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  1. #1
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    dresden_phoenix's Avatar
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    "this" and anchor??

    I would like to be able to pass the link element ( not the URL) in an achor...
    Essentially:
    Code:
               <p > i am content... <a href="#" onClick="foo(this); ">Show</a></p>
    or PREFERABLY :
    Code:
               <p > i am content... <a href="javascript:foo(this); ">Show</a><p>
    When I do this, the value of "this" is only the URL and not an ELEMENT object, whose attributes I can then modify via foo(). Is there a way I can actually access the <A> element and not just it's URL?


    As always all insight is greatly appreciated.

  2. #2
    Programming Since 1978 silver trophybronze trophy felgall's Avatar
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    That second alternative you prefer is one to AVOID as that does not associate the code with an event in any browser.

    When you do try to reference this inside an event handler just which object it refers to will depend on the browser being used.

    The preferred alternative is to not place the JavaScript in the HTML at all but instead to place all the JavaScript in a separate file and attach it to the HTML from there using JavaScript. The simplest solution would be to give the <a> tag an id and use that to attach the function you want to call.
    Stephen J Chapman

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    <input name="html5" type="text" required pattern="^$">

  3. #3
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    Thanks Stephen,
    I was hoping to avoid using "#" as an href and my preferred method seemed to be a way to kill two birds with one stone, but what you are saying makes sense. There is only one drawback to the ID idea. That is, when having a list of items i would have to create an ID for each item.. but then again I suppose that just means what I really need to do is create a function that unobtrusively parses through all <a>'s in the menu...

  4. #4
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    You don't necessarily need to add an id to the a. You just need a way to select that anchor which is going to depend entirely on the entire pages structure. There is likely a way to target it without adding an id.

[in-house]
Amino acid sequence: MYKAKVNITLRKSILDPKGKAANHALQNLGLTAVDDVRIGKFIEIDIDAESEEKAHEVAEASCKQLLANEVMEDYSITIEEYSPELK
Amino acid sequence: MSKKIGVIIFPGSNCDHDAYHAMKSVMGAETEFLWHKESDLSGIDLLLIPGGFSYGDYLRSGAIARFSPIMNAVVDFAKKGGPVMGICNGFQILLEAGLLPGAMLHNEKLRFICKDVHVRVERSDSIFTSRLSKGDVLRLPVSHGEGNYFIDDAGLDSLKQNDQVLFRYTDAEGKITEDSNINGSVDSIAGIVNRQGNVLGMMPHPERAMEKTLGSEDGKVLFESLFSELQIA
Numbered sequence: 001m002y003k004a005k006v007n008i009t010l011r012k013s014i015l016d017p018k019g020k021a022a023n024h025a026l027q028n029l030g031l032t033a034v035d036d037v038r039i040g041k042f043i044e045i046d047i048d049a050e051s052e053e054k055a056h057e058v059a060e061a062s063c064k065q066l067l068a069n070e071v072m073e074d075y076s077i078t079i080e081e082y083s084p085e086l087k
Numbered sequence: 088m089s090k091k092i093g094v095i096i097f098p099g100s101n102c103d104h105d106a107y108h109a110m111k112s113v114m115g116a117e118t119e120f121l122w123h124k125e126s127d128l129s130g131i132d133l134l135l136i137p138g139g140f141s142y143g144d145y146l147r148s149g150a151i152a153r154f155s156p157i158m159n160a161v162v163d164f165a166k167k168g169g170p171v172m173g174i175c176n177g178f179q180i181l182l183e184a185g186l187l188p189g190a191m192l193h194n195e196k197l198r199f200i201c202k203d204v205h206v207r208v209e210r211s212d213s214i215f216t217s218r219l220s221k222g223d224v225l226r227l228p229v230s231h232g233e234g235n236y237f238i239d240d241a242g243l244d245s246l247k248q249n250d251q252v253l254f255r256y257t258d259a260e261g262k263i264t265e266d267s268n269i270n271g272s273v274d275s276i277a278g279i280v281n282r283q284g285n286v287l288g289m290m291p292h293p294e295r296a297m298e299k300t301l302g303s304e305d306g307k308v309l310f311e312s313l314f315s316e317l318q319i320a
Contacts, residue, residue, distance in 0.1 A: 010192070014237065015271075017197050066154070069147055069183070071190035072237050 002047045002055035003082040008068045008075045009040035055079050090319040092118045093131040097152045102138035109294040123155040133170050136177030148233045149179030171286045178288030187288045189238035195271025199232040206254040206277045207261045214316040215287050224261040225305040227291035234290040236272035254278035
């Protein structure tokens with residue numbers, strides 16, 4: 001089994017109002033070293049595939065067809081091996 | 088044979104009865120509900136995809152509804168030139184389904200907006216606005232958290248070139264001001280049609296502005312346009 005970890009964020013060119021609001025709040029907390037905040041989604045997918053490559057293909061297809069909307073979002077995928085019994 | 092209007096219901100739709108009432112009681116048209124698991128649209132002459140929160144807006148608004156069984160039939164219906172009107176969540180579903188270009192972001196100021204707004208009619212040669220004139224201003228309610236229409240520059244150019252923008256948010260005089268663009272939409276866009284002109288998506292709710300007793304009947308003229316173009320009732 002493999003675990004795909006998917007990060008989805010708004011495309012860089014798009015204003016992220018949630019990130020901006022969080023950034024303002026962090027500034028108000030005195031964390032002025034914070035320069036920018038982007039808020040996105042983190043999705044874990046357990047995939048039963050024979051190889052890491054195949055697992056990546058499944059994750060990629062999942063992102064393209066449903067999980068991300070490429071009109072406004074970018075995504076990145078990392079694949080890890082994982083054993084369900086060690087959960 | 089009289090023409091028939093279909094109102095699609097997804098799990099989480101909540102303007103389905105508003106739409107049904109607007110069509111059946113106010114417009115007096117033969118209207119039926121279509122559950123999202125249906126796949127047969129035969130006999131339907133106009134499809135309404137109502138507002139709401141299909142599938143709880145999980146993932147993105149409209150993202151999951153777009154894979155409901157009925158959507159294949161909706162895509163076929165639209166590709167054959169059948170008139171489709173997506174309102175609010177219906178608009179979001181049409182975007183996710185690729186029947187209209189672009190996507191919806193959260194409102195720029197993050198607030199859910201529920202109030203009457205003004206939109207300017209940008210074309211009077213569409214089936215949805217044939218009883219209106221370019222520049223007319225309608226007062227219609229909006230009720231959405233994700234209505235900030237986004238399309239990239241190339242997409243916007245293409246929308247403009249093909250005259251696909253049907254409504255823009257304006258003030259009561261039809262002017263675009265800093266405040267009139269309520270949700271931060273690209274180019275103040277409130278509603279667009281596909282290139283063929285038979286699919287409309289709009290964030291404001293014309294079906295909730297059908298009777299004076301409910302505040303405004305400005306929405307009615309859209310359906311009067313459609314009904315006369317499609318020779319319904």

The only code I hate more than my own is everyone else's.

  5. #5
    Programming Since 1978 silver trophybronze trophy felgall's Avatar
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    Quote Originally Posted by dresden_phoenix View Post
    Thanks Stephen,
    I was hoping to avoid using "#" as an href and my preferred method seemed to be a way to kill two birds with one stone, but what you are saying makes sense. There is only one drawback to the ID idea. That is, when having a list of items i would have to create an ID for each item.. but then again I suppose that just means what I really need to do is create a function that unobtrusively parses through all <a>'s in the menu...
    If it isn't actually linking to anything when JavaScript is disabled then it doesn't necessarily need to be an <a> tag. You could attach onclicks to all the <li> tags in a given part of the page just as easily and could also style the content so that they look like links (best done from JS so they only look like links when they actually work as links).

    There are all sorts of different ways to access the HTML content from JavaScript. Having an id is just the simplest one where you want to access a specific element. If you had a list you could put an id on the <ol> or <ul> and then use getElementsByTagName('li') to get all the li tags so as to process all of them one after the other.
    Stephen J Chapman

    javascriptexample.net, Book Reviews, follow me on Twitter
    HTML Help, CSS Help, JavaScript Help, PHP/mySQL Help, blog
    <input name="html5" type="text" required pattern="^$">

  6. #6
    Community Advisor silver trophybronze trophy
    dresden_phoenix's Avatar
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    I am relatively new at PURE js ( having relied mostly on jQuery) I was toying with the idea of coding my own lightbox style slide show. So the idea was that sooner or later I would NEED anchors, since I would want the links to load the image in a new window IF js was off.

    BTW, I actually got it working!! With only one problem... It works perfectly with CSS/ js on; it works as expected with js and CSS off; of course, it's a moot point with images/css/js off; but it's buggy when js is ON but CSS is off... ( Actually I just checked it again.. it works when CSS is OFF , but not if CSS is on but the style sheet is missing.. apparently That's two different things)

    This makes sense as the script relies on CSS positioning as well margins to center the image. I guess I was wondering if you knew of a way for the script to tell when stylesheet was missing so that it could correct itself and act as if CSS was off?


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